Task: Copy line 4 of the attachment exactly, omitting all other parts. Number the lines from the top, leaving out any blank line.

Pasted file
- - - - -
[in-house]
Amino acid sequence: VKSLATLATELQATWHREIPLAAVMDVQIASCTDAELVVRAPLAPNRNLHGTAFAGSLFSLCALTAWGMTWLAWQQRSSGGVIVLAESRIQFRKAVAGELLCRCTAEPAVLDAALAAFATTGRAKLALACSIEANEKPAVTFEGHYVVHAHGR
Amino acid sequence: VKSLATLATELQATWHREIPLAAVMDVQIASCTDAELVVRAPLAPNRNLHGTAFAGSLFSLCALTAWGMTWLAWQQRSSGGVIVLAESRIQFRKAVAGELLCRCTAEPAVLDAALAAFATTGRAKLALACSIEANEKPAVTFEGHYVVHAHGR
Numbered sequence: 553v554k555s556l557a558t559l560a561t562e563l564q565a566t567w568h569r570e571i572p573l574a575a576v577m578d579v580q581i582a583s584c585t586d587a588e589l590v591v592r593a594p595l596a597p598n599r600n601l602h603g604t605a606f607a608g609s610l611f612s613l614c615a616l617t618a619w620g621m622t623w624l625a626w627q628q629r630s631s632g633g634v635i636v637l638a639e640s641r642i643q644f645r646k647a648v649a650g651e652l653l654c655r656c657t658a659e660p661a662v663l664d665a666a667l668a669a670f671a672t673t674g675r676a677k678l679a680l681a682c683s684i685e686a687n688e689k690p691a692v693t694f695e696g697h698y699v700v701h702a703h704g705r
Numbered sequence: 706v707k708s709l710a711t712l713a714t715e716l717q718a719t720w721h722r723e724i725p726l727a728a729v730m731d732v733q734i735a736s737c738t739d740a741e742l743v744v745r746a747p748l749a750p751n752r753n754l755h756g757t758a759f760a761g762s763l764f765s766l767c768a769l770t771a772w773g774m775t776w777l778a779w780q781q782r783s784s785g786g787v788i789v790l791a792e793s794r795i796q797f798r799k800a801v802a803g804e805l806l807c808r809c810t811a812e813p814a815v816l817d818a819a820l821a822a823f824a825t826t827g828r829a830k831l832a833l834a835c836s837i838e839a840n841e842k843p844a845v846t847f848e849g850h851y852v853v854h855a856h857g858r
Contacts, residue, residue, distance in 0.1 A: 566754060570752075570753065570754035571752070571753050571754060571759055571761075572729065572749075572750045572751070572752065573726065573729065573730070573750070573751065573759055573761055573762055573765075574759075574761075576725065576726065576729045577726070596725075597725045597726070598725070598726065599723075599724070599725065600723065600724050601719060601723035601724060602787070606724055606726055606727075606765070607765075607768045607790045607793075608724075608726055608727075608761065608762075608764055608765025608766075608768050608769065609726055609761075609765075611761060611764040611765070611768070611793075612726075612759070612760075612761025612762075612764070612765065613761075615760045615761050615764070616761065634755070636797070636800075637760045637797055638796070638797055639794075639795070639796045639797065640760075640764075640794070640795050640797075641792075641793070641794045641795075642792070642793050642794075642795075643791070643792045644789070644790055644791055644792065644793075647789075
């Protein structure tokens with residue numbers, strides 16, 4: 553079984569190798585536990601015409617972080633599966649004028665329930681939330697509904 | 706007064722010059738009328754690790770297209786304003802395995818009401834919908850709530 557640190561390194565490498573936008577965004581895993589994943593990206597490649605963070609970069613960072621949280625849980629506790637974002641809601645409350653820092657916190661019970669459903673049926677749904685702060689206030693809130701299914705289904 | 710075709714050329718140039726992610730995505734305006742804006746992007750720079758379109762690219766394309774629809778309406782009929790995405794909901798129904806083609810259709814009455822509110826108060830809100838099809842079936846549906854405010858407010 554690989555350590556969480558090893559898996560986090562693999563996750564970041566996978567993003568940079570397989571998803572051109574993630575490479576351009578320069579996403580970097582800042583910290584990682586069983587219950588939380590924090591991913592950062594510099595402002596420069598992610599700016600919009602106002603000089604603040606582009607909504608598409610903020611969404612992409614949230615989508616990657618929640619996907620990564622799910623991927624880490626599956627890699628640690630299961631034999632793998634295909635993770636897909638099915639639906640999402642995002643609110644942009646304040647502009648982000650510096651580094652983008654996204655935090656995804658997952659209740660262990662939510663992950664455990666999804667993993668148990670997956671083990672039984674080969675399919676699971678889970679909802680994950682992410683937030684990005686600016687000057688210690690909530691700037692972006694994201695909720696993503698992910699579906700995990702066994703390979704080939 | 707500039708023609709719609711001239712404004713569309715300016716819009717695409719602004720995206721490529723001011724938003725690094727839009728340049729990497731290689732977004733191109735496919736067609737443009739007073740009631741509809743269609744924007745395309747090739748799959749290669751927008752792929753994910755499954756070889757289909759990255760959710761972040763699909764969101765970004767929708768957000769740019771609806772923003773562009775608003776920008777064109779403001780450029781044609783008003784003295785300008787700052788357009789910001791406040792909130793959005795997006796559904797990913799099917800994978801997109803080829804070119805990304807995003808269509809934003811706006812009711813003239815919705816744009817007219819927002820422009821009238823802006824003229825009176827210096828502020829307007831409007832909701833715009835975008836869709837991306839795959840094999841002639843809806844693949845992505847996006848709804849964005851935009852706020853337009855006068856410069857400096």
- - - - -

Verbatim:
Numbered sequence: 553v554k555s556l557a558t559l560a561t562e563l564q565a566t567w568h569r570e571i572p573l574a575a576v577m578d579v580q581i582a583s584c585t586d587a588e589l590v591v592r593a594p595l596a597p598n599r600n601l602h603g604t605a606f607a608g609s610l611f612s613l614c615a616l617t618a619w620g621m622t623w624l625a626w627q628q629r630s631s632g633g634v635i636v637l638a639e640s641r642i643q644f645r646k647a648v649a650g651e652l653l654c655r656c657t658a659e660p661a662v663l664d665a666a667l668a669a670f671a672t673t674g675r676a677k678l679a680l681a682c683s684i685e686a687n688e689k690p691a692v693t694f695e696g697h698y699v700v701h702a703h704g705r